Just a couple of thoughts on Indy before I get to the questions this week… humor me.
Anyone hear the old story about how Brad Parrott was actually the guy who started the tradition of kissing the bricks after winning the Brickyard 400? Of course you have, because ESPN repeated it 472 times last weekend. Every time Dale Jarrett was in front of a camera, that softball was lobbed his way. Talk about overkill.
Think Kevin Harvick wasn’t more than a little PO’d with Tony Stewart after the contact that sent him parachuting back to seventh? Everyone made like all was swell afterward, but I believe Harvick’s post-race shot was a little more than a playful congratulatory pop. Not that I expect the two to break up or anything… apparently, the two are so close Stewart has his own room in Harvick’s house.
Blue air, yellow air, whatever. Congratulations on figuring out how to put colored graphics on the screen, ESPN, but I still don’t feel like Dale Earnhardt.
Guys, when are you going to learn you can’t drive three-wide into a turn at Indy? I heard Kyle Petty mention that there looks to be a lot of real estate when they make laps in the pace trucks at 35 mph. Racecars at 200 mph heading into a 90-degree turn tend to be a little less stable.
Alright, time to turn from fleeting thoughts to a long line of questions from you, the fans!
Q: DEI and Ginn merge. Then, Robert Yates and Newman/Haas. Not to be outdone, JR Motorsports merges his Busch Series shop with Hendrick and Kevin Harvick aligns with Richard Childress. At what point does it end, what does it mean for the future (only seven owners?) and who’s next? – Matt H.
A: The future, whether we like it or not, is heading towards franchising. No one likes the “F” word, but you said it yourself: There conceivably could be only 10 or 11 owners in the field in a few years. If we get to that point, it most likely would be advantageous to all parties involved (read: NASCAR and the owners) to go the franchise route.
Who’s next? I think that sound you hear is Haas CNC Racing going to Def Con One.
Q: NASCAR’s PC police have once again outdone themselves. I just do not understand how NASCAR can take points away from a driver after he has earned them for something he did or said off the track. I know a precedent was set when Dale [Earnhardt] Jr. cursed in victory lane. Tony should not have said what he did, but this was cable TV, not network television!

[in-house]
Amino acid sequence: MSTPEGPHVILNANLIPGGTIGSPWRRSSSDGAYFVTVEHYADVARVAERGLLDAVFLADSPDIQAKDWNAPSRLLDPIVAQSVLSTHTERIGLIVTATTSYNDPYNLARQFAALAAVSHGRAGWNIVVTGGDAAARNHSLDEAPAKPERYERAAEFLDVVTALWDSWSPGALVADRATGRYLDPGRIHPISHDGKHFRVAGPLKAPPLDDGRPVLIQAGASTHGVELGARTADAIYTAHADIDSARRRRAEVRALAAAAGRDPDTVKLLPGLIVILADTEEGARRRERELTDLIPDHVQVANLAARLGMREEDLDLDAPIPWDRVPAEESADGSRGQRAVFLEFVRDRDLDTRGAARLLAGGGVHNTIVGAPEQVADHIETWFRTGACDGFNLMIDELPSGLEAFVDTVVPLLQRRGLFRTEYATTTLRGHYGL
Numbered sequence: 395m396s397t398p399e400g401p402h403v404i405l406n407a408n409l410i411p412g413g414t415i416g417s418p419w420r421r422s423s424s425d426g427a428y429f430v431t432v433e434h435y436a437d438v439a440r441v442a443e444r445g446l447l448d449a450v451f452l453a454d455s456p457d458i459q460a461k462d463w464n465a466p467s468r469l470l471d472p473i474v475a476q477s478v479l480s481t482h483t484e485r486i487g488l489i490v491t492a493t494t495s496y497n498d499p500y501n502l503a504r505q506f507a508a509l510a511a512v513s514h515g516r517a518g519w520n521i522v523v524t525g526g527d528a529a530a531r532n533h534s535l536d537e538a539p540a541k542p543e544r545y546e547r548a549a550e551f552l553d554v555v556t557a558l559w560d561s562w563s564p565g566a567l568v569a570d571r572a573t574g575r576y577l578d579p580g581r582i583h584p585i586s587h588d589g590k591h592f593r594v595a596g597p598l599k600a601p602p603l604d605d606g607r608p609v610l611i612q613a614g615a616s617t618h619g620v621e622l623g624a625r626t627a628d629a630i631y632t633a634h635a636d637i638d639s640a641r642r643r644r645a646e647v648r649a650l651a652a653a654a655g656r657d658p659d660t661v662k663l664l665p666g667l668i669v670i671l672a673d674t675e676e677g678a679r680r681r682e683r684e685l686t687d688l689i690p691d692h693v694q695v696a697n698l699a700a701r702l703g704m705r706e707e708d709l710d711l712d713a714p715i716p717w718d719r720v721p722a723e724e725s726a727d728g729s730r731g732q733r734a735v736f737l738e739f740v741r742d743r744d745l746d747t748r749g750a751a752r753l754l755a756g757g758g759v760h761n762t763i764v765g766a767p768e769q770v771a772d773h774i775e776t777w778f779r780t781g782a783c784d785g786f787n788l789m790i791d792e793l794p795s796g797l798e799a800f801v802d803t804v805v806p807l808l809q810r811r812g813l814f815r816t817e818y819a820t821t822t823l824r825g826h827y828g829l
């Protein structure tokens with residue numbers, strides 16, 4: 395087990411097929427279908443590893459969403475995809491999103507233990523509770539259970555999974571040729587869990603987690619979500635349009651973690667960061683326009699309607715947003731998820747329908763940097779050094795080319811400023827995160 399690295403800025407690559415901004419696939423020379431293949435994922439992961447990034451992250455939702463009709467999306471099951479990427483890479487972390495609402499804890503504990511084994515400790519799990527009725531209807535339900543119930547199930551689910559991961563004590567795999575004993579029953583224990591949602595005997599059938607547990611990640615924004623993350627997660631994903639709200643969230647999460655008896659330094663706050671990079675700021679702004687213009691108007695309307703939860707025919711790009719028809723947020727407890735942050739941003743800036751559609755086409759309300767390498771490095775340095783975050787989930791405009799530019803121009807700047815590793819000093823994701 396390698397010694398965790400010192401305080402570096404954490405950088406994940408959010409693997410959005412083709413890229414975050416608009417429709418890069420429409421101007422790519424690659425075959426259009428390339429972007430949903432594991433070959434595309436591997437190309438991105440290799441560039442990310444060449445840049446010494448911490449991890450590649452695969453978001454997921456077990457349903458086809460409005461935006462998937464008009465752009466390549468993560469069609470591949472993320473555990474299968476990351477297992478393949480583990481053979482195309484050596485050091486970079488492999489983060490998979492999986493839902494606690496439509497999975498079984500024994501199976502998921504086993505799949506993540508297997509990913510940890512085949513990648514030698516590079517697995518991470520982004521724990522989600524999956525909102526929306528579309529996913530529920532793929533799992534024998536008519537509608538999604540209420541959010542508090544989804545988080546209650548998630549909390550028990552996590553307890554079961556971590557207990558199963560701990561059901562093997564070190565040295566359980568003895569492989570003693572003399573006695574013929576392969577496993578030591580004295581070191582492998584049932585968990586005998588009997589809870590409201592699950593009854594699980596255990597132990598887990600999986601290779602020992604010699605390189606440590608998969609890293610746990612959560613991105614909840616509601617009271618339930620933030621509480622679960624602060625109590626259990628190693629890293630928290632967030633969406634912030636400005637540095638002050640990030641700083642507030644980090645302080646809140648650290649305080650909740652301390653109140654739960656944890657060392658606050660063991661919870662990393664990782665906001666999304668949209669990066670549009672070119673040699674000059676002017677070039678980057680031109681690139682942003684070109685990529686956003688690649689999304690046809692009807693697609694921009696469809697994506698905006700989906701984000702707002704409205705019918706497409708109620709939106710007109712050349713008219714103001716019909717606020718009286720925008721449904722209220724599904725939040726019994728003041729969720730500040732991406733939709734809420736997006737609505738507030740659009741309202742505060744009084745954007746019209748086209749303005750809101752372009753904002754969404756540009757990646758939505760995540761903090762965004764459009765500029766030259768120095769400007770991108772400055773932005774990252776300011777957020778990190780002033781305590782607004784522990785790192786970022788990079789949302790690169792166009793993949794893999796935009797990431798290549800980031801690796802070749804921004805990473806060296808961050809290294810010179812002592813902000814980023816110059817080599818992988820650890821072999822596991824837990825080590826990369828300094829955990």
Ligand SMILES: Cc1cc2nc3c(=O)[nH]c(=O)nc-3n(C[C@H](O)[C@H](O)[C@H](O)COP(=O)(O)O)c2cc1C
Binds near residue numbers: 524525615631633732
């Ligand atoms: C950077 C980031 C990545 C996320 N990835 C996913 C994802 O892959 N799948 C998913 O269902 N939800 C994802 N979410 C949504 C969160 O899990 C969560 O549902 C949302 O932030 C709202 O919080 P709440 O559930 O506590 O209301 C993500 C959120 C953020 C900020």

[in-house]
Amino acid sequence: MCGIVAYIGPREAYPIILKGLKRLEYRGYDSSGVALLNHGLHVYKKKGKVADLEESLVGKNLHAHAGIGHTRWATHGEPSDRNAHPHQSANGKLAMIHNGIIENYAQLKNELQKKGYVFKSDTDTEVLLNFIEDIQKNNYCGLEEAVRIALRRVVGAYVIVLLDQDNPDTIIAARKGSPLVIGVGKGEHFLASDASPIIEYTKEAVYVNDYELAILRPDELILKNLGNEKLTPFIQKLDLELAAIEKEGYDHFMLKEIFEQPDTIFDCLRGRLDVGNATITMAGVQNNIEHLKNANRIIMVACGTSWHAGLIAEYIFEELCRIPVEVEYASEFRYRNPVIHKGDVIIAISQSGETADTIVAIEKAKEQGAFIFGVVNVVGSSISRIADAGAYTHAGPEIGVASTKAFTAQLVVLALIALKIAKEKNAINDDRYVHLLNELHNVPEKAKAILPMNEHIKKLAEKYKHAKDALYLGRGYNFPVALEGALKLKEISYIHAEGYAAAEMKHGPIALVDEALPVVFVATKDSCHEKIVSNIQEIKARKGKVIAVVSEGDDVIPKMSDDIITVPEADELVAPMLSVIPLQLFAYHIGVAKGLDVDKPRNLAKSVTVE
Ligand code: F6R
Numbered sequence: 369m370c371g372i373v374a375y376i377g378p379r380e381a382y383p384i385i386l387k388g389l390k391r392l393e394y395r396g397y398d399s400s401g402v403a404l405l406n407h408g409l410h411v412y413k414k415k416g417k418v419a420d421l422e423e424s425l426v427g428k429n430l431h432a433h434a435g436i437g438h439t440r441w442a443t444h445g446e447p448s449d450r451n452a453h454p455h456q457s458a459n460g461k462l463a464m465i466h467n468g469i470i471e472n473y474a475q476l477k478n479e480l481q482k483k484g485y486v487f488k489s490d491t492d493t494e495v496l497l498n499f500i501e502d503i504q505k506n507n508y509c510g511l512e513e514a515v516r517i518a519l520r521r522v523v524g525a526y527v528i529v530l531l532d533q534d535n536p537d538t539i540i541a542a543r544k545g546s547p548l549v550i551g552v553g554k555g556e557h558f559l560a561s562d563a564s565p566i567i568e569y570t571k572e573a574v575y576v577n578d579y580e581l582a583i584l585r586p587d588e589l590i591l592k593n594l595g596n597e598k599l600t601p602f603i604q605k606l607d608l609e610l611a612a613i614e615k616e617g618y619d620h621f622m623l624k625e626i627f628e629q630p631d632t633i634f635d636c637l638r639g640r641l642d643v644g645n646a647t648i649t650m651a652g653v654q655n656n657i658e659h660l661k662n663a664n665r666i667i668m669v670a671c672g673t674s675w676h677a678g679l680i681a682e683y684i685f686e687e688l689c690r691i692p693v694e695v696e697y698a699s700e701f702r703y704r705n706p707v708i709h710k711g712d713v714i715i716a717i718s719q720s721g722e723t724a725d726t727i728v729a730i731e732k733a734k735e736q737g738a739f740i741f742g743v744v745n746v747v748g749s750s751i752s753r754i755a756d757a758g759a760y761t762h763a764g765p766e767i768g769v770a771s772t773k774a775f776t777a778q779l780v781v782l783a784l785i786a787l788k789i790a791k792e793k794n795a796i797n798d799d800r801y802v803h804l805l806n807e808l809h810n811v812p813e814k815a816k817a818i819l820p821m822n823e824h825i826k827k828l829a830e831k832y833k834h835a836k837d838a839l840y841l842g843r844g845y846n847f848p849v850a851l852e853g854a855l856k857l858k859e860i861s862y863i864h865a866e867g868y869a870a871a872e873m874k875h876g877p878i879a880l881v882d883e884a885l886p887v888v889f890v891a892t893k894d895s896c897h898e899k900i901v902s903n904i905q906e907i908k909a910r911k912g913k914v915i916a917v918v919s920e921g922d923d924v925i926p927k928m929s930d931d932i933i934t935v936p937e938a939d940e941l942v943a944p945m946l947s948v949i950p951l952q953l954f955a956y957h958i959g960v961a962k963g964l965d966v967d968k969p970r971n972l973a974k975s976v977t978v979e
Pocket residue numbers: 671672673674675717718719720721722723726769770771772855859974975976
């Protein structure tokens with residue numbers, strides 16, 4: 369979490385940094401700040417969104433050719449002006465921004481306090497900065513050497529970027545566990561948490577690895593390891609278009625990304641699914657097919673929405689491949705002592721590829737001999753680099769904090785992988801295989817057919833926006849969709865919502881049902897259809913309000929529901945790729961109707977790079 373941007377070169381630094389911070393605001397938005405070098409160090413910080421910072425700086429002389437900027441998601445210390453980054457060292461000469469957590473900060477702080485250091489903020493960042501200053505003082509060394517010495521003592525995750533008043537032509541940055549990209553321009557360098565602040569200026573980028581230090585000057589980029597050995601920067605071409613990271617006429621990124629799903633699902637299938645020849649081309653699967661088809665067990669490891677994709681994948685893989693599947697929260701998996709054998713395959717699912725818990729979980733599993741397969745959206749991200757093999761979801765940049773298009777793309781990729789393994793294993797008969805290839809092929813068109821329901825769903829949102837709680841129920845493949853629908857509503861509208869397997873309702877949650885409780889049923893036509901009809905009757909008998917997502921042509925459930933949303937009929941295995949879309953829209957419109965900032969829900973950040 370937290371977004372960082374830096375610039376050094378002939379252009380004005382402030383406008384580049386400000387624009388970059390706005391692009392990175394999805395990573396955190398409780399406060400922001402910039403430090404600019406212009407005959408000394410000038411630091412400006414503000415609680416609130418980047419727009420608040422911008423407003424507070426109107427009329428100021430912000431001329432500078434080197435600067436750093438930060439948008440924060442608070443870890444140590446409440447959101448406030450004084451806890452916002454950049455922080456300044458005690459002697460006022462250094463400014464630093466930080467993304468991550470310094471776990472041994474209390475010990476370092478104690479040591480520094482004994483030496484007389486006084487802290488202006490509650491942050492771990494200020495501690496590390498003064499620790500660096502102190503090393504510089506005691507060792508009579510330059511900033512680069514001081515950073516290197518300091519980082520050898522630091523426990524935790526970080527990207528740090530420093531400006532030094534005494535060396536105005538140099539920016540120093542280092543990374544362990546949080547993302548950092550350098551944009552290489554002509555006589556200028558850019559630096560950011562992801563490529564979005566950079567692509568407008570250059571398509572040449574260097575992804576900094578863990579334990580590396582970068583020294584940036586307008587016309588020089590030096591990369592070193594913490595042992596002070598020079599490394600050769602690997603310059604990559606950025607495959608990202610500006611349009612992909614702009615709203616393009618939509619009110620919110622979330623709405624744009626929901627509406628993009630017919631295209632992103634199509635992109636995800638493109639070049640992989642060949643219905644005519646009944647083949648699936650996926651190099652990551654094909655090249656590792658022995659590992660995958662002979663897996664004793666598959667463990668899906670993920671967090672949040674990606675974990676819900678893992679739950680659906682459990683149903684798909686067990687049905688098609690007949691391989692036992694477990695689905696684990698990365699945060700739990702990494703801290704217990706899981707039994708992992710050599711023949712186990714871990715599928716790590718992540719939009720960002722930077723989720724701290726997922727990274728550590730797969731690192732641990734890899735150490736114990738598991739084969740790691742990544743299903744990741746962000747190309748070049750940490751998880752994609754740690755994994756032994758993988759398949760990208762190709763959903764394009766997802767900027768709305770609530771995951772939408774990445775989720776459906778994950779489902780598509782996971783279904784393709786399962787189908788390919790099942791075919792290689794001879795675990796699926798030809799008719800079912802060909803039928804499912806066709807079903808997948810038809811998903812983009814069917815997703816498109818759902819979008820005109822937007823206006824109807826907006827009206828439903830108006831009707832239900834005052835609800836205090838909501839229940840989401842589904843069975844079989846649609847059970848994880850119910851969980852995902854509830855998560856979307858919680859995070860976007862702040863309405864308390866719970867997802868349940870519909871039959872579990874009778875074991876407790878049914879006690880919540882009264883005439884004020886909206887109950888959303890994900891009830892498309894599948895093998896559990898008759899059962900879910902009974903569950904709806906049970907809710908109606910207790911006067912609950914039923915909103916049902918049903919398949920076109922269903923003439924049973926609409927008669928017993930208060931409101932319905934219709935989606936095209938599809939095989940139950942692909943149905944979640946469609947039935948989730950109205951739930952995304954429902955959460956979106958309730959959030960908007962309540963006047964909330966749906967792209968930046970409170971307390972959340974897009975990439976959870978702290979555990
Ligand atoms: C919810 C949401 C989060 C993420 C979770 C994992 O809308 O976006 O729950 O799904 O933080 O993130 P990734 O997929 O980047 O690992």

What happens when a penalty for a curse word actually changes the outcome of the points standings? What if a driver does not make the Chase because of a 25-point penalty? What then, NASCAR? – Terry G.
A: I knew this one was coming, so here’s my take: One of our contributing writers, Tony Lumbis, summed it up best in Mirror Driving yesterday when he stated, “I think we’re dealing with two different arguments here. Is it a stupid to issue a [points] fine because someone is not PC, absolutely. But is it necessary in today’s environment? Unfortunately, it absolutely is.”
Bingo. Of course, it is absurd to take something as valuable as Nextel Cup points for something as harmless as a little curse word. But the fact of the matter is, Terry, NASCAR has no choice. After Janet Jackson’s show of professionalism at the Super Bowl a couple of years ago (thanks Janet, we were all just dying to see that) the FCC told the broadcasters to clean it up. And a network, and yes, I know ESPN is cable, but they are a network nonetheless, that is continually made to pay fines for its on-air content will eventually drop the product that is causing the problem. I know it’s no fun, but that’s the reality of it.
Q: I have noticed the No. 13 is still technically 35th in owner points. This may be a stretch, but what if a startup team who has never competed in Nextel Cup before decides to run and use the No. 13? They do not get the owner points, right? – Tony H.
A: No. NASCAR owns the numbers, incidentally, I’ve always wondered how one can “own” a number, and they grant permission for teams to use said numbers. Although the No. 13 still shows in 35th-place in the owner standings and is an “open” number now that Ginn Racing dropped it after the merger, NASCAR would never open the can of worms you have inquired about.
So now, it’s off to Pocono, with a long, long, long afternoon of long, long, long straightaways ahead. I guess I should look on the bright side; we’ve got a road course and a 2-mile gas-mileage parade coming up after that. Man, Aug. 25 can’t get here soon enough.
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